“Miroslav Volf!” my friends were saying. I recognized the name – he’s a theologian/ philosopher/critic who seems to write a book every six months – but I didn’t know his work very well. I’m more of a fiction/poetry guy, and tend to get lightheaded when ascending the peaks of philosophy and theology. But during my years of attending the Festival of Faith and Writing at Calvin College in Grand Rapids, Michigan, I’ve found that it’s a good idea to attend a few sessions given by new, unfamiliar presenters. You have to get book recommendations somehow.
The ascent was, indeed, steep. At a couple points, my friends worried that I might lose consciousness. But I took a fortifying breath and settled in.
Volf’s presentation concerned the Secular Age, and whether or not our own personal Age is, in fact, Secular. His contention was that ours is not, but not in the way that one might expect. “Some people assumed that the world would secularize,” Volf said, “maybe with the help of fellows like Dawkins. They assumed that religion would become privatized – no longer in institutions. And it would atrophy in private life. Ours would be a post-religious time. But none of that has happened.”
There had already been a Secular Age, according to Volf, and it lasted from 1848 to 1968 – The Communist Manifesto to Situationist Paris. In this period, the revolutions and upheavals that shaped the world were instigated by a secularist avant-garde, as evidenced by eugenics, dialectical materialism, the Cold War and a host of other Time-Life highlights. The age we find ourselves in now is one that Volf characterized as “Post-Secular,” meaning that claims to truth exist not hierarchically but horizontally, as in a lunch buffet.
I’m getting lightheaded just remembering it.
“Sometimes we forget how deeply religious the world is,” Volf said. “The hand of human beings is always reaching for God. Reverence to transcendence is not an add-on to human beings; it’s intrinsic to who we are.”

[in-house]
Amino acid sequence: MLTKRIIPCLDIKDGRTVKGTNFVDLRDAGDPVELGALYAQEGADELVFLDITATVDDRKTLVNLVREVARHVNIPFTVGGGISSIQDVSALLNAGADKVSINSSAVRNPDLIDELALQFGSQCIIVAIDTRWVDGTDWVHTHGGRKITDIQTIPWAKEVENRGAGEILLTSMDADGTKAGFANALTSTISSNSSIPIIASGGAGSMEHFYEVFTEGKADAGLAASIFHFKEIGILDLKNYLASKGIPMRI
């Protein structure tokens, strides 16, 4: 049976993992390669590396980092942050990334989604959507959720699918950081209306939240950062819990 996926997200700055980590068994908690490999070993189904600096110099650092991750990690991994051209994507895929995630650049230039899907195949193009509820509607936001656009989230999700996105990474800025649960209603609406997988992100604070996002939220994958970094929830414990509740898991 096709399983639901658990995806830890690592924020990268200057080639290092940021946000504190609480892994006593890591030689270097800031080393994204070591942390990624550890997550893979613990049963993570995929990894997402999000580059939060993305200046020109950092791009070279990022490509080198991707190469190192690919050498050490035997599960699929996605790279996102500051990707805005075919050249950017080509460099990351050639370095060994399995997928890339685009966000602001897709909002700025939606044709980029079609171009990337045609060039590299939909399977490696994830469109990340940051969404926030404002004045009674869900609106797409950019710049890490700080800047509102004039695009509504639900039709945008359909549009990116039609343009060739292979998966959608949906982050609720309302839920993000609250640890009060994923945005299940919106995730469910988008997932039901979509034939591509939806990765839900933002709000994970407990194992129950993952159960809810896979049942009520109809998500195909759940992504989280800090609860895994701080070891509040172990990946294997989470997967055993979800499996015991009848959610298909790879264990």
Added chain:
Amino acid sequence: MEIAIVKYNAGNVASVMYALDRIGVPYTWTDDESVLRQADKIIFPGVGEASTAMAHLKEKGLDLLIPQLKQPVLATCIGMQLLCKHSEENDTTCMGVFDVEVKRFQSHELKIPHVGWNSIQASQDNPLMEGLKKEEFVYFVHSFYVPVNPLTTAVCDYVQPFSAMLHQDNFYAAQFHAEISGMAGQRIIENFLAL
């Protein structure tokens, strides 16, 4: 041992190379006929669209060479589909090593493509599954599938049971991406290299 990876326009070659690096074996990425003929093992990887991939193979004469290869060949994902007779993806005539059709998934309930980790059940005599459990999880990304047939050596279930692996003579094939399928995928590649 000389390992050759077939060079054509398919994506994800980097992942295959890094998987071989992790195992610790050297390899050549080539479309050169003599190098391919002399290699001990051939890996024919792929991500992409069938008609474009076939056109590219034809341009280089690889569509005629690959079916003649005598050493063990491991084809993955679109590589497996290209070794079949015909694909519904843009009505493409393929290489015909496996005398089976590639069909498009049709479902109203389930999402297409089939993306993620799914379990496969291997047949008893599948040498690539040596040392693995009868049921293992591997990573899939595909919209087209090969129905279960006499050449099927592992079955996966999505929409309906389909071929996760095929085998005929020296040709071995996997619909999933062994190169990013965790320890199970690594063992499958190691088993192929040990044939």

Different eras, different challenges
I found Volf’s presentation invigorating, but there was one aspect that left me confused. The overview of this Post-Secular age, where fundamentalism competes with orthodoxy and humanism dukes it out with scientific materialism and so on and so forth, reminded me of a round robin tournament, various worldviews getting matched up to see which would emerge victorious. Maybe it’s because I don’t follow sports, but this conception seemed, well, not terribly Christian. There was a zero sum aspect to it, which didn’t sound like it was in keeping with the spirit of Christian charity.
But what did I know? It had been years since I was in a college classroom, and even then, I wasn’t very good at philosophy.
Later that day, I got to see Volf interviewed by Cornelius Plantinga Jr., former president of Calvin Theological Seminary and a formidable thinker himself. Volf addressed the precise confusion I was having. It was very considerate of him.
The history of Christianity is long and varied, Volf explained. At certain points, the faithful have found themselves in the majority, even a ruling one, as in the Holy Roman Empire or various bastions of the Reformation. At other points, Christians have found themselves in the minority, as in the early church before Constantine codified Christianity as the official religion of his empire or believers in the People’s Republic of China, worshipping in back rooms and basements. Different eras, different challenges.
We should not be afraid of being marginalized, Volf told us. Constantly checking the numbers of our population to gauge our holiness, as if the church were a celebrity on Twitter trying to get the most followers, is simply not the best way to spend our time on earth. Majority, minority, we need only concern ourselves with being “faithful followers of Jesus Christ,” as Volf put it in his closing remarks of the interview.
A simple admonition, certainly, but I found that I was newly receptive to such a basic message following Volf’s elaborate, masterly tour of faith as it has played out in civilization. Not to say that I wasn’t still a little confused, but it was a generative confusion, one that comes from being in the presence of genuine mystery.
Today, in the Post-Secular era, “the purpose of religion shouldn’t be to compete with science,” Volf said. “World faiths don’t stand or fall based on if they can deliver better technology and longer lives than science. World faiths stand or fall by delivering meaning to our lives.”
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